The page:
‘We’re all crazy when it comes to money,’ advisor says. How to manage your psyche for better finances

by | Jun 15, 2023 | Financial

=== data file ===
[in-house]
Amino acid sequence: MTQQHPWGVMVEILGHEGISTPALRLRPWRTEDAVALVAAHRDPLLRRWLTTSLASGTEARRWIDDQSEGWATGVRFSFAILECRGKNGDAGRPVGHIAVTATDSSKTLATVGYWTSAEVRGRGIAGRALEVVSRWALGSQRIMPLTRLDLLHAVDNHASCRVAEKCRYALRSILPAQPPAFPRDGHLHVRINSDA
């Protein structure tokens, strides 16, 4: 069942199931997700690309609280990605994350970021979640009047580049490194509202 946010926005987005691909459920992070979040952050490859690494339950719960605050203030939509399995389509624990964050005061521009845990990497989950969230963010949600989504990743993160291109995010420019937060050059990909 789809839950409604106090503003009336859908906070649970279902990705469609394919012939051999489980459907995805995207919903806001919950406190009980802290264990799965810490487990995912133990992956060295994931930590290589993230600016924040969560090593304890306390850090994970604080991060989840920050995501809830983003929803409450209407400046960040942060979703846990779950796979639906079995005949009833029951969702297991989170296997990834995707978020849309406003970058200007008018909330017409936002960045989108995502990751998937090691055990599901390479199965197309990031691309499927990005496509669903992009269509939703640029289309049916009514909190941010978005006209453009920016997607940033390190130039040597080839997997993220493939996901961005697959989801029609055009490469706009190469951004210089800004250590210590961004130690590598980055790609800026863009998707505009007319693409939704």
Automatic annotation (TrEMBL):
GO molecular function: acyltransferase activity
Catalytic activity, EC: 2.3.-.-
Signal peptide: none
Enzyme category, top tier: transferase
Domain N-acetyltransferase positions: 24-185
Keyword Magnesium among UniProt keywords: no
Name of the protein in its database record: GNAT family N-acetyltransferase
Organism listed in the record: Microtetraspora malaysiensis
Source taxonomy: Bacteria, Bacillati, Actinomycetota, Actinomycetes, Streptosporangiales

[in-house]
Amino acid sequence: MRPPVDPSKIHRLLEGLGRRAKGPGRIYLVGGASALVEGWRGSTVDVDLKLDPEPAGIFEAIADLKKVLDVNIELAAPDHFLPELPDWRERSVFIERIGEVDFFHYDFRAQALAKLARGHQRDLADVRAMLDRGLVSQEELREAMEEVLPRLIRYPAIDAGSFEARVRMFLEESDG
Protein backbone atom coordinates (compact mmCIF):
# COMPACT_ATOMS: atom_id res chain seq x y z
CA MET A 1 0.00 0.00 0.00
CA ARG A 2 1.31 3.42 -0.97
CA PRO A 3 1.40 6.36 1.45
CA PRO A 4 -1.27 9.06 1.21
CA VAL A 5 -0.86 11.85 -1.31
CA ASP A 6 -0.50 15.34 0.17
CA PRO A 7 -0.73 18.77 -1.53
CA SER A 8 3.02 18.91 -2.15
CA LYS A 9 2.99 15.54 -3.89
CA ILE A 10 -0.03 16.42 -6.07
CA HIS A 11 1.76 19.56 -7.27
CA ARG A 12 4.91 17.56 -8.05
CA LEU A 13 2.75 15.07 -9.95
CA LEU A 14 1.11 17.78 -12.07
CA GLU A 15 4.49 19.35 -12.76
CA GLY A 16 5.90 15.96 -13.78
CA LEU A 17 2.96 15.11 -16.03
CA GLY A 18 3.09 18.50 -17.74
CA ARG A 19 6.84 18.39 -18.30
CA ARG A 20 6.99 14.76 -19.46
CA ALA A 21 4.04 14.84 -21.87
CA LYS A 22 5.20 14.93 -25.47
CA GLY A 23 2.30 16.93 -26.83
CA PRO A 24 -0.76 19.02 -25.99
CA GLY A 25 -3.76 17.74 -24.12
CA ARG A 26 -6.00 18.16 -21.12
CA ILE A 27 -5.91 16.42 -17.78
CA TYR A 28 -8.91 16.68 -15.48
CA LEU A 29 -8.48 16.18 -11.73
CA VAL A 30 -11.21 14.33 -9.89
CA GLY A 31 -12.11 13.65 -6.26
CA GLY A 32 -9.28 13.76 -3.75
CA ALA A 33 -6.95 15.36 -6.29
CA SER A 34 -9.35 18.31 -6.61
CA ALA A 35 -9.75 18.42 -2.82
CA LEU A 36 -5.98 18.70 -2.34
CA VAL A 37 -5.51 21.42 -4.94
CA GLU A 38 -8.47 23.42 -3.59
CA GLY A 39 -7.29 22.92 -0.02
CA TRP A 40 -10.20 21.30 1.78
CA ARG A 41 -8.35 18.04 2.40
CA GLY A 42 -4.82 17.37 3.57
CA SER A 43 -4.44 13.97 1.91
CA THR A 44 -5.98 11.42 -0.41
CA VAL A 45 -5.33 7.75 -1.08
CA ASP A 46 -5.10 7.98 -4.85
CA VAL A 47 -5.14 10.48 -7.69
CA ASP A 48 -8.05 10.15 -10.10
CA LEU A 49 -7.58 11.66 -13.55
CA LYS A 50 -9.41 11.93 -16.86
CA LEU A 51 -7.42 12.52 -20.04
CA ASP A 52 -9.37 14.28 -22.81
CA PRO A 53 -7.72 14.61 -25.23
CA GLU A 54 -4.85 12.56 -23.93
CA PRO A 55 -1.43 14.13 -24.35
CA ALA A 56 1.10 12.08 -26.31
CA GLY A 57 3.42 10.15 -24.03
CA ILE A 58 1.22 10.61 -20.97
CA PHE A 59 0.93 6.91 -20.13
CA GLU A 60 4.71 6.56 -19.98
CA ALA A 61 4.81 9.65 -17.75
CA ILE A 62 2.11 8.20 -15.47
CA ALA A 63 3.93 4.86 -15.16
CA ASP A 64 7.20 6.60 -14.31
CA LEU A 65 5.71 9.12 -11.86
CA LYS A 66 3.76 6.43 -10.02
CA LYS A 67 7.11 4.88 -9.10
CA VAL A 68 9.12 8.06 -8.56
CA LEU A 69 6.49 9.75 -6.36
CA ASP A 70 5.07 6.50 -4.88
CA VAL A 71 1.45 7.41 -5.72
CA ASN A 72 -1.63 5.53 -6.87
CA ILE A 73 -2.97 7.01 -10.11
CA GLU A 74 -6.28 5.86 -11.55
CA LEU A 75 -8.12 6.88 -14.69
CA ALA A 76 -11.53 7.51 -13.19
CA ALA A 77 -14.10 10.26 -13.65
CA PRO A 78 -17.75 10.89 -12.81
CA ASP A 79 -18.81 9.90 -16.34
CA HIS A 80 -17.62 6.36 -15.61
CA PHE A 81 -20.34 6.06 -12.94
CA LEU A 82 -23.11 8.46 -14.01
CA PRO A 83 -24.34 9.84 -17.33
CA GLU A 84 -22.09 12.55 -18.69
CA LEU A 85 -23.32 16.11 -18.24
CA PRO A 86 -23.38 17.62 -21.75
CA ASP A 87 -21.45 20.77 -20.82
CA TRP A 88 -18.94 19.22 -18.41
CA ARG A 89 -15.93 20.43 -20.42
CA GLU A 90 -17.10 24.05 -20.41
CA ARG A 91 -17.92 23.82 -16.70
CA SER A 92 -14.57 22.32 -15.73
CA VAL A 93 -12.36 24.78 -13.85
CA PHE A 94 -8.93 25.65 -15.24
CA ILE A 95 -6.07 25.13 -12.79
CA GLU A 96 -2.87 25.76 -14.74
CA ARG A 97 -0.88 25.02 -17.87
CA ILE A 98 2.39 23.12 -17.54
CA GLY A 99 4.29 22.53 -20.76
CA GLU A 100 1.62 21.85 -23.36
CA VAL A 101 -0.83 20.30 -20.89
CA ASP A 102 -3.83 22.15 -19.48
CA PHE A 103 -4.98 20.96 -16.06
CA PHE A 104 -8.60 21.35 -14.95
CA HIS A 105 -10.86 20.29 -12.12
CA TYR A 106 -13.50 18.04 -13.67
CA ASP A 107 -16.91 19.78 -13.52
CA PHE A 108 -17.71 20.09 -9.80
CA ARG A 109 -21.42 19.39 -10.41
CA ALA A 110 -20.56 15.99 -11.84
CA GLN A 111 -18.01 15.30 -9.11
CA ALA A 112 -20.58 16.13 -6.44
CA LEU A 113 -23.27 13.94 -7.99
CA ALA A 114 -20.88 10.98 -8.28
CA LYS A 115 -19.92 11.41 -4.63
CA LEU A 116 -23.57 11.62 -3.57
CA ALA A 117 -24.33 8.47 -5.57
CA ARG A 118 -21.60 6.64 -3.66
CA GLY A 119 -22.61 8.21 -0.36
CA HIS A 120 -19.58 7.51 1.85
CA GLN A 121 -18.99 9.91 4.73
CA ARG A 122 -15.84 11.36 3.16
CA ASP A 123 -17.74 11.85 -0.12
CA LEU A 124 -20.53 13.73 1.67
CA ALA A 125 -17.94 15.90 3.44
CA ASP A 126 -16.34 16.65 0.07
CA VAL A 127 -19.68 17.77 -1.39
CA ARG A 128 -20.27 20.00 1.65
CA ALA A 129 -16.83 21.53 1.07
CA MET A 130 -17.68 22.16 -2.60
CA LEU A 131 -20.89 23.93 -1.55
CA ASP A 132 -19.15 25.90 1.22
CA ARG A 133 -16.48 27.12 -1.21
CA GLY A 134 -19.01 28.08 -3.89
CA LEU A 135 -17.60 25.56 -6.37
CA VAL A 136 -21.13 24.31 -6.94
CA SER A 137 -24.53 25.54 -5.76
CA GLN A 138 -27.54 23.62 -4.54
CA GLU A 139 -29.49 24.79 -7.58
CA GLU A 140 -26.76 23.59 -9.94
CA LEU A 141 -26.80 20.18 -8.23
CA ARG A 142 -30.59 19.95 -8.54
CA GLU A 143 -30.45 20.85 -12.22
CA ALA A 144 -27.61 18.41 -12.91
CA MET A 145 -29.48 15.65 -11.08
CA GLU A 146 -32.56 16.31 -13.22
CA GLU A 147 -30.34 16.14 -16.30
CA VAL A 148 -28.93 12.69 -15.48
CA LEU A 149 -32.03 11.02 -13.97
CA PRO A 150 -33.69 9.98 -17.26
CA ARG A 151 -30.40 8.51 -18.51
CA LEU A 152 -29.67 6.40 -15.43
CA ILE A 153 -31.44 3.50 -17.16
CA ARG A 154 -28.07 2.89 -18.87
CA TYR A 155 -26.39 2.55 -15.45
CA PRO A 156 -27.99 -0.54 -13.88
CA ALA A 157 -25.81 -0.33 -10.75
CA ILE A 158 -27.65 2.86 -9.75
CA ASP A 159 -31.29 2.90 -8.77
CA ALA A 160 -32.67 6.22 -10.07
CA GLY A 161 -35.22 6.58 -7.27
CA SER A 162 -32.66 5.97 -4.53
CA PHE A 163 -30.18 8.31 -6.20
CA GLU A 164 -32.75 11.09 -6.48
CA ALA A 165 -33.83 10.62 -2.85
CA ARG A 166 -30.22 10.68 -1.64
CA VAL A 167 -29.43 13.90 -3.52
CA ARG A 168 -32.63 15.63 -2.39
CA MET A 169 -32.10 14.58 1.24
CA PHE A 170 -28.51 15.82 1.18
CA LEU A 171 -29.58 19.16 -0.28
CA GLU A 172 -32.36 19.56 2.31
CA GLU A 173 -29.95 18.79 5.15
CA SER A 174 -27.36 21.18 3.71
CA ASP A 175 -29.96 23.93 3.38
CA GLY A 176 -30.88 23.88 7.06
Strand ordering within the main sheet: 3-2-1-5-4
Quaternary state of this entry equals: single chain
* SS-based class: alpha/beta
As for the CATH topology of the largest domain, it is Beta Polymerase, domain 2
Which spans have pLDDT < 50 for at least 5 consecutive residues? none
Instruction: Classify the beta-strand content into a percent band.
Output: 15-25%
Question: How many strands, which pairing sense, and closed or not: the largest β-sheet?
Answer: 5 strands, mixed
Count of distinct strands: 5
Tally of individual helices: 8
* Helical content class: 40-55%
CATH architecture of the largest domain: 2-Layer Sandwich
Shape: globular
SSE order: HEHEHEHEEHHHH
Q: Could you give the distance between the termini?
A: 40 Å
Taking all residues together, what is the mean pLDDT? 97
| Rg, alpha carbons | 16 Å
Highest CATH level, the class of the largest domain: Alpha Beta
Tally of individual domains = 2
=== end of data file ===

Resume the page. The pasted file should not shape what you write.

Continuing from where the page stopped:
D3sign | Moment | Getty ImagesHuman psychology and money don’t mix well. Left unchecked, our psyches can easily sabotage financial decision-making, behavioral experts said during a panel discussion at CNBC’s Financial Advisor Summit.  “We’re all crazy when it comes to money,” said Brad Klontz, managing principal of YMW Advisors in Boulder, Colorado, and a founder of the Financial Psychology Institute.”The miracle is that anyone is doing it right,” he added.The human brain is hard-wired to make choices that are long-term money losers, such as buying high and selling low, making a purchase due to the “fear of missing out” or engaging in herd mentality, for example, said Klontz, a certified financial planner and member of the CNBC Financial Advisor Council.More from FA Playbook:Here’s a look at other stories impacting the financial advisor business.These shortcomings actually do make some sense. Many date to evolutionary processes that played out thousands of years ago species-wide or more recently, on an individual level in early childhood, experts said. Parents, culture and socioeconomic status are powerful forces that shape money beliefs from a young age, they said.Additionally, feelings of shame, such as thinking we have too much or too little money, are pervasive, experts added.This tendency traces its roots to comparing oneself to others in the “tribe,” feeding into a sense of needing to “keep up with the Joneses,” Klontz said. Households may therefore place outsized importance on amassing an arbitrary amount of wealth — perhaps $1 million or $5 million — when these figures don’t mean much for overall happiness, he said. “The number itself needs to be very personal,” Preston Cherry, founder and president of Concurrent Financial Planning in Green Bay, Wisconsin, said of a financial target.”It’s different for everyone. It’s kind of like a thumbprint, so it’s very unique,” added Cherry, a CFP and member of the CNBC Financial Advisor Co …

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